Supreme Court Narrows Grounds for Revoking Citizenship

On Thursday, June 22, 2017, the Supreme Court unanimously tightened the standards for stripping immigrants of citizenship.  Divna Maslenjak, a Bosnian-Serb refugee who immigrated to the U.S. in 2000 and later obtained American citizenship, was stripped of her citizenship when information that she lied during her naturalization process was discovered.  She admitted to covering up her husband’s service in the Bosnian-Serb army unit that massacred 8,000 Bosnian Muslim civilians at Srebrenica in 1995.

Applicants for citizenship must possess “good moral character.” The government argued she lacked this, and if she had presented accurate information during her naturalization process, it would have affected the decision to grant Mrs. Maslenjak citizenship.

During Mrs. Maslenjak’s 2013 trial for procuring citizenship illegally, the jury was instructed that any lie, whether or not it was “material” and “did not influence the decision to approve [her] naturalization,” was sufficient for conviction.  The jury found her guilty of making false statements on her application and she was stripped of her citizenship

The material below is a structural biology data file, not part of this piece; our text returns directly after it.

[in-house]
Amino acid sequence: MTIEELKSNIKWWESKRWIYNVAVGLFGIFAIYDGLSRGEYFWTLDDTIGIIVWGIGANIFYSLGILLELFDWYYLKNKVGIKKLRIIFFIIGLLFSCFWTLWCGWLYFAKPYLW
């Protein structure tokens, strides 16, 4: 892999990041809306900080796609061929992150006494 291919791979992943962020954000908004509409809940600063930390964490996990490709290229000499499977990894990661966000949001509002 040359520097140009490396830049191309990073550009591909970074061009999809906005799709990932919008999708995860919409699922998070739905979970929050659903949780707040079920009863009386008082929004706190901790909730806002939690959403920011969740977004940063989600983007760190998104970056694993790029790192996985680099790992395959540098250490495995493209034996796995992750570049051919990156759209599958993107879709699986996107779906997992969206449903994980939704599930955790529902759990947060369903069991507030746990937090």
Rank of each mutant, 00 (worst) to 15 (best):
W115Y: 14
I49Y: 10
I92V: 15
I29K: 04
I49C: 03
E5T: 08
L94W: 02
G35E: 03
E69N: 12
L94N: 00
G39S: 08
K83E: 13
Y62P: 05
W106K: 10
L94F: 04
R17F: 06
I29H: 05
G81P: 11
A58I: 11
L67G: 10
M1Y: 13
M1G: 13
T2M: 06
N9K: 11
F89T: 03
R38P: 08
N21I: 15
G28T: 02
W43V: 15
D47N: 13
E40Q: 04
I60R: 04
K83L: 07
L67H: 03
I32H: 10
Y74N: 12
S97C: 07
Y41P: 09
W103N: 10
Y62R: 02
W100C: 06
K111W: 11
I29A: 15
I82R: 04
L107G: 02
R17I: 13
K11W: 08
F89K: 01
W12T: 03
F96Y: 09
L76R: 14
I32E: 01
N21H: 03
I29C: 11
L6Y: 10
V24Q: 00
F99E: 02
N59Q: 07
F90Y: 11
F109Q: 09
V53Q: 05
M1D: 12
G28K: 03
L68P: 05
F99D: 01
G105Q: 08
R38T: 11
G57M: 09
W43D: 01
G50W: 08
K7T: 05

Mrs. Maslenjak’s lawyer challenged the jury instruction in the case, as the jury was told it could convict regardless of whether the false statement at issue influenced the government’s decision to approve the application for naturalization.

The Sixth Circuit Court of Appeals upheld her conviction, which conflicted with several other circuit rulings that held a misrepresentation must be relevant to the naturalization decision.

The Supreme Court rejected the government’s position in this case that any lie, no matter how minor, during the nationalization process can cost an individual his or her American citizenship.  Justice Kagan wrote for the court, stating that a jury must find that “a false statement sufficiently altered those processes as to have influenced the award of citizenship.”

Maslenjak v. U.S. has been remanded back to the lower courts, giving Mrs. Maslenjak  the opportunity to challenge the materiality of her false statements to determine the status of her citizenship going forward.

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About ABCs of Immigration Law
The global economy has become increasingly transactional and transcontinental. Since 9/11, there have been many amendments to immigration laws in the United States that have largely affected both individuals and businesses. Cozen O'Connor's immigration law blog, ABC's of Immigration Law, focuses on the interests and the challenges faced by those individuals and business impacted by immigration laws.
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